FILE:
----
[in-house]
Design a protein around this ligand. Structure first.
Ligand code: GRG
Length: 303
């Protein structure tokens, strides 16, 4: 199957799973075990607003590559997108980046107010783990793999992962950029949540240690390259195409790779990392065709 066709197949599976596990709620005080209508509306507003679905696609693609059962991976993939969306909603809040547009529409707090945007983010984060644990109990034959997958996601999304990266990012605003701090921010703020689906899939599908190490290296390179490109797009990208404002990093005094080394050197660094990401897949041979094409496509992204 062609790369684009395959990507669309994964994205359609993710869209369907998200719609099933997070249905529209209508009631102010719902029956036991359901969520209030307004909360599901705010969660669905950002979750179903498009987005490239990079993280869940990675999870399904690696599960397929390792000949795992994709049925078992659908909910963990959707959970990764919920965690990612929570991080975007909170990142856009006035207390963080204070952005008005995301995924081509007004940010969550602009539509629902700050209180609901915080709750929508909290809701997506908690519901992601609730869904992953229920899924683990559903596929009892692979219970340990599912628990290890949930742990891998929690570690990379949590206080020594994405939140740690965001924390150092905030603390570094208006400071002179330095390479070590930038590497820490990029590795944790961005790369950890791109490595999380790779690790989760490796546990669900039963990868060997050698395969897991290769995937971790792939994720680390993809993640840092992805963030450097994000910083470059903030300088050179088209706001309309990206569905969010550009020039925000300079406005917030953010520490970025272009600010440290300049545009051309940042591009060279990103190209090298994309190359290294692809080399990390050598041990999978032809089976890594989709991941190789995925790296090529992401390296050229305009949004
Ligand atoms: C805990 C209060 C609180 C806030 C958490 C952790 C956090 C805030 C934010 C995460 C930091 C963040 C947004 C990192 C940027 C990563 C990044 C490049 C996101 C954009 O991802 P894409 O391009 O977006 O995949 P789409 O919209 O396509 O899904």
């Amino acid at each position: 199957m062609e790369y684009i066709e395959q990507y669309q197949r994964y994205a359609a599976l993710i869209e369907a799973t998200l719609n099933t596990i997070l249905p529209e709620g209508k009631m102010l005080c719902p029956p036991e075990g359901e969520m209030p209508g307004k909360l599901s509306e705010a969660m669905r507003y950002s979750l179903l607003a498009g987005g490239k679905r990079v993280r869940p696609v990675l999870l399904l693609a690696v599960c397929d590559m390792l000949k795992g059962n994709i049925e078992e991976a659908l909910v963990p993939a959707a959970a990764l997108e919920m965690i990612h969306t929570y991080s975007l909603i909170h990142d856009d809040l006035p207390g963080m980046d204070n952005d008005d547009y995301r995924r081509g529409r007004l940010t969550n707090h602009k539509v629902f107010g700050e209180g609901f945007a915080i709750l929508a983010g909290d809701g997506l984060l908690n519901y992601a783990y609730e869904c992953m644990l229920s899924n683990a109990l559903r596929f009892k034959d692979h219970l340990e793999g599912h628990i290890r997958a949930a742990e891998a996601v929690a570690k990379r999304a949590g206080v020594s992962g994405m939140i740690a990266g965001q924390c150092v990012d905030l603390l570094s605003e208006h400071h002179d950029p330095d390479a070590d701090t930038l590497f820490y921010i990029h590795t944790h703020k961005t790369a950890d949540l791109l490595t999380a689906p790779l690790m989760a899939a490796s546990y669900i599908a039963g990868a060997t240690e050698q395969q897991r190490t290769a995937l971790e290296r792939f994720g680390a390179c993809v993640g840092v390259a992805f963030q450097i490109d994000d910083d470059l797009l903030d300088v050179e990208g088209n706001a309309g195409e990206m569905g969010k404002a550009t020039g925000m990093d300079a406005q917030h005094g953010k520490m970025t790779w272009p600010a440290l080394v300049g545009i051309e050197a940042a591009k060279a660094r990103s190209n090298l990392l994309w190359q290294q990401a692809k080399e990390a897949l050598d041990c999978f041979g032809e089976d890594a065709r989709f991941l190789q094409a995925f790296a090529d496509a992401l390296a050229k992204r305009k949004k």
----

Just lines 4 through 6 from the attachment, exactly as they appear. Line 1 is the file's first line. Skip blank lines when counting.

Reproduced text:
Length: 303
């Protein structure tokens, strides 16, 4: 199957799973075990607003590559997108980046107010783990793999992962950029949540240690390259195409790779990392065709 066709197949599976596990709620005080209508509306507003679905696609693609059962991976993939969306909603809040547009529409707090945007983010984060644990109990034959997958996601999304990266990012605003701090921010703020689906899939599908190490290296390179490109797009990208404002990093005094080394050197660094990401897949041979094409496509992204 062609790369684009395959990507669309994964994205359609993710869209369907998200719609099933997070249905529209209508009631102010719902029956036991359901969520209030307004909360599901705010969660669905950002979750179903498009987005490239990079993280869940990675999870399904690696599960397929390792000949795992994709049925078992659908909910963990959707959970990764919920965690990612929570991080975007909170990142856009006035207390963080204070952005008005995301995924081509007004940010969550602009539509629902700050209180609901915080709750929508909290809701997506908690519901992601609730869904992953229920899924683990559903596929009892692979219970340990599912628990290890949930742990891998929690570690990379949590206080020594994405939140740690965001924390150092905030603390570094208006400071002179330095390479070590930038590497820490990029590795944790961005790369950890791109490595999380790779690790989760490796546990669900039963990868060997050698395969897991290769995937971790792939994720680390993809993640840092992805963030450097994000910083470059903030300088050179088209706001309309990206569905969010550009020039925000300079406005917030953010520490970025272009600010440290300049545009051309940042591009060279990103190209090298994309190359290294692809080399990390050598041990999978032809089976890594989709991941190789995925790296090529992401390296050229305009949004
Ligand atoms: C805990 C209060 C609180 C806030 C958490 C952790 C956090 C805030 C934010 C995460 C930091 C963040 C947004 C990192 C940027 C990563 C990044 C490049 C996101 C954009 O991802 P894409 O391009 O977006 O995949 P789409 O919209 O396509 O899904």